Creative Commons License
The work in my dataset is held under Creative Commons License. Although I eventually want to make this available to other scholars, in this beta phases, the contents are licensed under the Creative Commons Attribution-NonCommercial-NoDerivatives 4.0 International License. This means that must attribute it to me if you reference it, you may not use it for commercial purposes, and you may not remix, transform, or build upon this material. To view a copy of this license, visit http://creativecommons.org/licenses/by-nc-nd/4.0/.
Database of Subscribers to the 1789-1794 Editions of Olaudah Equiano's Narrative by Emily MN Kugler is licensed under a Creative Commons Attribution-NonCommercial-NoDerivatives 4.0 International License.
Based on a work at https://drive.google.com/folderview?id=0B5hC-AiU3D6mZUROT0g4dC12QWc&usp=sharing.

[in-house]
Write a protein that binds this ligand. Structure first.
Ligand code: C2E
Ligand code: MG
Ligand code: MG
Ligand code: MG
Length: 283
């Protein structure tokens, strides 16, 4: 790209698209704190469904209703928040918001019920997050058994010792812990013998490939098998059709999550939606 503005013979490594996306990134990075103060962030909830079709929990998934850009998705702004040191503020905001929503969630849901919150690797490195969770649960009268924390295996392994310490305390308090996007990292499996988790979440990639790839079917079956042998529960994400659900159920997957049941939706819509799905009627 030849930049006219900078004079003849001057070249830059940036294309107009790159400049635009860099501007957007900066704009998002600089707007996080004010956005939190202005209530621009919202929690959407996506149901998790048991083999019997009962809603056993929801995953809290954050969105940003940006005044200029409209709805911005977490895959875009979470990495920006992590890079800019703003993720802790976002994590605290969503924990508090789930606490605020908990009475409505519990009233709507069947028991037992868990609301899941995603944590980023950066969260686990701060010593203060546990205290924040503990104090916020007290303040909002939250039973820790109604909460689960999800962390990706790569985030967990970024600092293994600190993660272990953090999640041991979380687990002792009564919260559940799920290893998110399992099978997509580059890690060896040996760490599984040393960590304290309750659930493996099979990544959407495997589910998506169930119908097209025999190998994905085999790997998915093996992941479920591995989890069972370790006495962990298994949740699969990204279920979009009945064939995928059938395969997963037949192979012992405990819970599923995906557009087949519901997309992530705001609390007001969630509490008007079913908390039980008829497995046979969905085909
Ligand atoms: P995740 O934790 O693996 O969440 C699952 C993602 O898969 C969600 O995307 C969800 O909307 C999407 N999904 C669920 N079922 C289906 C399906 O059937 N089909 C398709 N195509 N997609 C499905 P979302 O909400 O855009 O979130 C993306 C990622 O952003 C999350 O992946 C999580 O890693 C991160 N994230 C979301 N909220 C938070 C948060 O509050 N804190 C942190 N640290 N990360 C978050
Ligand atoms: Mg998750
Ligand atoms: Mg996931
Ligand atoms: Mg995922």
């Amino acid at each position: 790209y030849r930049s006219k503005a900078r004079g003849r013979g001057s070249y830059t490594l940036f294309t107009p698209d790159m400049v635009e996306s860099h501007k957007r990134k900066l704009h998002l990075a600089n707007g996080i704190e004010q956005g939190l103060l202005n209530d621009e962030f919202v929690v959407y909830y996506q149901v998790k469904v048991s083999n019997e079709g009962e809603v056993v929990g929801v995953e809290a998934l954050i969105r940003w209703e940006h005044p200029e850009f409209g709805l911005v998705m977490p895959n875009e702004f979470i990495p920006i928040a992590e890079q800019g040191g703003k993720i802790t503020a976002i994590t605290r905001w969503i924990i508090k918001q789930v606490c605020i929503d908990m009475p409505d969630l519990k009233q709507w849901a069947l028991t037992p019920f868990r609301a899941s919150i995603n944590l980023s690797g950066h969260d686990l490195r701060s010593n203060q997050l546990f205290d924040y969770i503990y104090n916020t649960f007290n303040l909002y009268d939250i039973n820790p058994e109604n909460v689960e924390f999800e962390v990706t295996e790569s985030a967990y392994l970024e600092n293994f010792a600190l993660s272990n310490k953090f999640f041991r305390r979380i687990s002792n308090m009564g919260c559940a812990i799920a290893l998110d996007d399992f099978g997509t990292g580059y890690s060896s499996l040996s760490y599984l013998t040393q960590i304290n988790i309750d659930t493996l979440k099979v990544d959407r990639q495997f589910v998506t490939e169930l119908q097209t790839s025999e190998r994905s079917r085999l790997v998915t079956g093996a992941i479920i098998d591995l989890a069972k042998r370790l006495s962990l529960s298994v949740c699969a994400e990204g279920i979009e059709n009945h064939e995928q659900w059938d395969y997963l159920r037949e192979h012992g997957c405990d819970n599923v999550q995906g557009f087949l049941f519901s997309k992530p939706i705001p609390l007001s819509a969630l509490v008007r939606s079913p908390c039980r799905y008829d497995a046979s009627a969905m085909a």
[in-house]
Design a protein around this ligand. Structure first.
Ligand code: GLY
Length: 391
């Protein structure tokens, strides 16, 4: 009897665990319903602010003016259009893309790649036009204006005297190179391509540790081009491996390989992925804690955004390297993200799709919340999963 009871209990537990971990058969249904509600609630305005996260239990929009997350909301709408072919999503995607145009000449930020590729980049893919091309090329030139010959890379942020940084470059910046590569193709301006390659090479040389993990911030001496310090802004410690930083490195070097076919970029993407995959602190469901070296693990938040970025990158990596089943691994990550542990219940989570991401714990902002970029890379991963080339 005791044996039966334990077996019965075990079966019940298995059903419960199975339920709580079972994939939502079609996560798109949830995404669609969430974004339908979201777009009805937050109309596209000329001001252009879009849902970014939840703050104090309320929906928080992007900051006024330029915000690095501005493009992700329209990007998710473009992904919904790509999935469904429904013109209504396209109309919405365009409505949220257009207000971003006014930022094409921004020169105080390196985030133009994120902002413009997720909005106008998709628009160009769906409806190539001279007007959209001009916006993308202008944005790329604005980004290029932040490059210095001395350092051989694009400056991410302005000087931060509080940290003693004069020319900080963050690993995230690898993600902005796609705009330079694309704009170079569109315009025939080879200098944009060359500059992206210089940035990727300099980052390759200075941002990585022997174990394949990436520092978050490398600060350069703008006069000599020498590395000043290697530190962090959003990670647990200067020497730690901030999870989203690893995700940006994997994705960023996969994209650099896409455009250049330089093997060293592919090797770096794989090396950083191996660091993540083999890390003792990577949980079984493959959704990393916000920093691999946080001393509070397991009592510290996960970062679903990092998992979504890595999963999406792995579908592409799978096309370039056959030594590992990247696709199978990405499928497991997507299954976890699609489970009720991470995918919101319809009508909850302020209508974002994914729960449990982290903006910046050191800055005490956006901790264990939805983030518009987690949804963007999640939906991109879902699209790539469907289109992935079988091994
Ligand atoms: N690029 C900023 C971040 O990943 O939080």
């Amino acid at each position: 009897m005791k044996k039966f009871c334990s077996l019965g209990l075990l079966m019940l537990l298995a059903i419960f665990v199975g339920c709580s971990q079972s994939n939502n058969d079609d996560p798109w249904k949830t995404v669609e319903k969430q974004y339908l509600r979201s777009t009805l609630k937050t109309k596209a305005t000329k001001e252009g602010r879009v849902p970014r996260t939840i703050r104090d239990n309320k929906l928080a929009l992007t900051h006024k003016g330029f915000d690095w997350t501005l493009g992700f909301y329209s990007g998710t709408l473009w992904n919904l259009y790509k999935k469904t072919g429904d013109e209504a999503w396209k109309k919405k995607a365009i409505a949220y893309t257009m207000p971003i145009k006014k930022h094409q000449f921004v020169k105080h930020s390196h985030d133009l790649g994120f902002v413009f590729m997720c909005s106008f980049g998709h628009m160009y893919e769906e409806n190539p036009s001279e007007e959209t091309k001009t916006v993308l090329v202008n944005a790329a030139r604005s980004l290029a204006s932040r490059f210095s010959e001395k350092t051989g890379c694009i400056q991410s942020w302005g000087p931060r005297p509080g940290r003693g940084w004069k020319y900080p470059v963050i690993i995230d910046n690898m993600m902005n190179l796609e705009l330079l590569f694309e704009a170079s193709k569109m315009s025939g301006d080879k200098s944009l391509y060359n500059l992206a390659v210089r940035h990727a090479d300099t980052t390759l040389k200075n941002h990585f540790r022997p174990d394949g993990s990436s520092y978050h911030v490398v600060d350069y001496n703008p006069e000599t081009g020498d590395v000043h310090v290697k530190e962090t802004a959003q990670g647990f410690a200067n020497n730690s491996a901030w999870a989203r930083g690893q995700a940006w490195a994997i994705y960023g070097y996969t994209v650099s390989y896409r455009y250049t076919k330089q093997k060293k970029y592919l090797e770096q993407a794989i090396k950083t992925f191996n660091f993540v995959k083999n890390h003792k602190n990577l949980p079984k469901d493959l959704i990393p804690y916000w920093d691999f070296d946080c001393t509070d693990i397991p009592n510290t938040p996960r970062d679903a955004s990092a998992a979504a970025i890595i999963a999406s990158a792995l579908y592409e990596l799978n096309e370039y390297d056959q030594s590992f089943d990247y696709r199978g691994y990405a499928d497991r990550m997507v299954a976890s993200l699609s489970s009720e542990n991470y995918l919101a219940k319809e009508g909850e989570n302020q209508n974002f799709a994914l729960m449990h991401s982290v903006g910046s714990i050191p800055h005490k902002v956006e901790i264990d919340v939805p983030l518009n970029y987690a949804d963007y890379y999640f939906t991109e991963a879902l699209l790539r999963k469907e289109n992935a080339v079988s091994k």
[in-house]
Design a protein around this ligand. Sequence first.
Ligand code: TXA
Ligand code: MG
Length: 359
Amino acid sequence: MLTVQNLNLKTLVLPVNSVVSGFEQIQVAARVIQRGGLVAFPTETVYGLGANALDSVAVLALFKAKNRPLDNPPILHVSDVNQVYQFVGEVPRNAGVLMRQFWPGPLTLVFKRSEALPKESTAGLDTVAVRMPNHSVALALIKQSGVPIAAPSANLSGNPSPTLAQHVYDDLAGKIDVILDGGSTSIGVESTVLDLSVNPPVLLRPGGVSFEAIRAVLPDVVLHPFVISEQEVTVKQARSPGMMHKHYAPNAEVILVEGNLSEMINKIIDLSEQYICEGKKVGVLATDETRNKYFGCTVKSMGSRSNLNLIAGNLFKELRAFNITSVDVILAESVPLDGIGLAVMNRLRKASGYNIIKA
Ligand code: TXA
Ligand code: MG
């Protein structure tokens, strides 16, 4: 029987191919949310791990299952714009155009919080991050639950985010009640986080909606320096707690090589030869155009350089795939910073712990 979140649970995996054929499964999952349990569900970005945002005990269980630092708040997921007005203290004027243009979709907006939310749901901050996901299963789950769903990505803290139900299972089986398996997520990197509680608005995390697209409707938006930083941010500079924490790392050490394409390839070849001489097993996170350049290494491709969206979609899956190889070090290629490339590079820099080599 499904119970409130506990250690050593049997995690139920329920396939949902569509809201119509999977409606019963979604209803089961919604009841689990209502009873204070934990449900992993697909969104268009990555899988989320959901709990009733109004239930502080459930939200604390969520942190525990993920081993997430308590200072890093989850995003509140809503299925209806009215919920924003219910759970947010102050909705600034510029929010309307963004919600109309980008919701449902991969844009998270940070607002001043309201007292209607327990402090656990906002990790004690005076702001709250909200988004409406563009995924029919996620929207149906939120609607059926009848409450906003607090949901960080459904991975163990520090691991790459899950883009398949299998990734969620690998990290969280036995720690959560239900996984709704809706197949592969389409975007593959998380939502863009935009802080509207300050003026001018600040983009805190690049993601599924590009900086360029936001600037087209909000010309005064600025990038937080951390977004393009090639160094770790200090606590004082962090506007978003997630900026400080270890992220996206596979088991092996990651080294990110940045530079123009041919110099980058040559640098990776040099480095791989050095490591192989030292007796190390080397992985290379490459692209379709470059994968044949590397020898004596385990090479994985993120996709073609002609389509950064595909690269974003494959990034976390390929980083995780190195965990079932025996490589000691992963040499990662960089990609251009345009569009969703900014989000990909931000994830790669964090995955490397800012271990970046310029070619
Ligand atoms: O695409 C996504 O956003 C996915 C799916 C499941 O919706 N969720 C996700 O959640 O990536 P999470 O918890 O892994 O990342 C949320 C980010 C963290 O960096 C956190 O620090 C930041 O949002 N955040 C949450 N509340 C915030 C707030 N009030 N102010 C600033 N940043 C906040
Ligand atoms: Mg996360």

*For a clear overview of the histories of digital humanities and its humanities computing roots, see Susan Hockey’s “The History of Humanities Computing" in A Companion to Digital Humanities, ed. Susan Schreibman, Ray Siemens, John Unsworth. Oxford: Blackwell, 2004. http://www.digitalhumanities.org/companion/
The anthology Debates in the Digital Humanities is another excellent resource:
For a very brief bit on my own digital philosophy, go here.
** For two of the strongest analyses and most thorough overviews of the publication history of Equiano's Narrative, see:
Carretta, Vincent. Equiano, the African: Biography of a Self-Made Man. London: Penguin, 2006.
Green, James. “The Publishing History of Olaudah Equiano’s Interesting Narrative.” Slavery & Abolition 16.3 (1995): 362–375. Taylor and Francis+NEJM. Web. 9 Mar. 2014.
For an excellent project that maps the content of The Narrative, see Elizabeth Maddock Dillon's "A Sea of Texts: The Atlantic World, Spatial Mapping, and Equiano's Narrative." Religion and Space in the Atlantic World, eds. John Corrigan, David Bodenhamer, and Trevor Harris (Indiana University Press, forthcoming). Currently available online: http://edillo4.wix.com/equiano-gis#!essay